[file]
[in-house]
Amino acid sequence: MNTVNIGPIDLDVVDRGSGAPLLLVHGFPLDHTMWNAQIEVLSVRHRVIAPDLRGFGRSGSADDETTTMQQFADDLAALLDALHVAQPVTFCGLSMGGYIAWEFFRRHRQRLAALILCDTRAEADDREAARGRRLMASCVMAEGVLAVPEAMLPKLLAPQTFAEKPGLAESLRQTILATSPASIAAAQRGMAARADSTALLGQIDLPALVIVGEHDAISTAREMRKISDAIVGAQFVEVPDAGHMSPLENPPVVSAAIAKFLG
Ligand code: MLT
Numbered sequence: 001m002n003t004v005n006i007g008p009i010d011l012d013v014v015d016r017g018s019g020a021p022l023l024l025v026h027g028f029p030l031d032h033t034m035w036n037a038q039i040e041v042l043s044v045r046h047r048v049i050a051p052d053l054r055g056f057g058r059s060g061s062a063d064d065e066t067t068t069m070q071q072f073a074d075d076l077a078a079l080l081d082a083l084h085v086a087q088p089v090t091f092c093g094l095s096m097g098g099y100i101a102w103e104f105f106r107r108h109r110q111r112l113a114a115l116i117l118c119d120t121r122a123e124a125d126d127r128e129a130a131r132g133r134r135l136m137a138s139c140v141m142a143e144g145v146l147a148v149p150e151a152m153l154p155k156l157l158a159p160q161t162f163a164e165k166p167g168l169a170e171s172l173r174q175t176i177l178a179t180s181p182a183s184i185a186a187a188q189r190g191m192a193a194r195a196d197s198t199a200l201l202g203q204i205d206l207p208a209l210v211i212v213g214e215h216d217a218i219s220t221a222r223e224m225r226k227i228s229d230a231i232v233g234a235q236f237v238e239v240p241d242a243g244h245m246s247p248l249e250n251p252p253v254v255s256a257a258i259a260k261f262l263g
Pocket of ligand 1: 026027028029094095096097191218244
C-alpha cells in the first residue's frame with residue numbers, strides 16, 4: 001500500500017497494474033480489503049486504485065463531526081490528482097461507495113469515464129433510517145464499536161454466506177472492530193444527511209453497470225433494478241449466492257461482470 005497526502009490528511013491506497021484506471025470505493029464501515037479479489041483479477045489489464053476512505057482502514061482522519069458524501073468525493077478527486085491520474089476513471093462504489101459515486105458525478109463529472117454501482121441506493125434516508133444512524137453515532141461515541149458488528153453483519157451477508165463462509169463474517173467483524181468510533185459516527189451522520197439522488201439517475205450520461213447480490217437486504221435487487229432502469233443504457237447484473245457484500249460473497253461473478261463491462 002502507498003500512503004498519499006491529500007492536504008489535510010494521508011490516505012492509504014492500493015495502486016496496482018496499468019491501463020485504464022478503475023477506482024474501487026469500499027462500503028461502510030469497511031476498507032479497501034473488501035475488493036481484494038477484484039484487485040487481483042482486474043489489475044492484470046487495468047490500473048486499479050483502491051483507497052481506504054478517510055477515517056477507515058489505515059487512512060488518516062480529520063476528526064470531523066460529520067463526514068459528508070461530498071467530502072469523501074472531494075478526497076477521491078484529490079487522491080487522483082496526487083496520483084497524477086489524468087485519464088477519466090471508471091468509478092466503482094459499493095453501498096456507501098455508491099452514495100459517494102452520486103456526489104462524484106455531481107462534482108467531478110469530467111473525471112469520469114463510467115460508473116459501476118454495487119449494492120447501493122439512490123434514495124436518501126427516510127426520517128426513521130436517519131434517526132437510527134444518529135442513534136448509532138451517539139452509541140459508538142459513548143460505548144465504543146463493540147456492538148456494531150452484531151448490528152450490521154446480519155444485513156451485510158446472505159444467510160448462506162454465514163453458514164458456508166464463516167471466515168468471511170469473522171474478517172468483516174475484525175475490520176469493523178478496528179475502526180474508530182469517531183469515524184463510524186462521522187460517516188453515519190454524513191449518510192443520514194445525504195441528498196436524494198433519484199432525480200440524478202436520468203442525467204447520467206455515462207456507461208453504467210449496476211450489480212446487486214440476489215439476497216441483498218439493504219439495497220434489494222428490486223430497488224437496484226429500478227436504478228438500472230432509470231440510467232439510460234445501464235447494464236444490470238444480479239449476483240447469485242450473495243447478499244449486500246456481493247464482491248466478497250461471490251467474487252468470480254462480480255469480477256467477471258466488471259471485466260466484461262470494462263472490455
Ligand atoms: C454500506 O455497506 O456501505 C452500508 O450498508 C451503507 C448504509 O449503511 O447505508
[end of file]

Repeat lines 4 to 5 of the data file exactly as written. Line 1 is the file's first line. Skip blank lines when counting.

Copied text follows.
Numbered sequence: 001m002n003t004v005n006i007g008p009i010d011l012d013v014v015d016r017g018s019g020a021p022l023l024l025v026h027g028f029p030l031d032h033t034m035w036n037a038q039i040e041v042l043s044v045r046h047r048v049i050a051p052d053l054r055g056f057g058r059s060g061s062a063d064d065e066t067t068t069m070q071q072f073a074d075d076l077a078a079l080l081d082a083l084h085v086a087q088p089v090t091f092c093g094l095s096m097g098g099y100i101a102w103e104f105f106r107r108h109r110q111r112l113a114a115l116i117l118c119d120t121r122a123e124a125d126d127r128e129a130a131r132g133r134r135l136m137a138s139c140v141m142a143e144g145v146l147a148v149p150e151a152m153l154p155k156l157l158a159p160q161t162f163a164e165k166p167g168l169a170e171s172l173r174q175t176i177l178a179t180s181p182a183s184i185a186a187a188q189r190g191m192a193a194r195a196d197s198t199a200l201l202g203q204i205d206l207p208a209l210v211i212v213g214e215h216d217a218i219s220t221a222r223e224m225r226k227i228s229d230a231i232v233g234a235q236f237v238e239v240p241d242a243g244h245m246s247p248l249e250n251p252p253v254v255s256a257a258i259a260k261f262l263g
Pocket of ligand 1: 026027028029094095096097191218244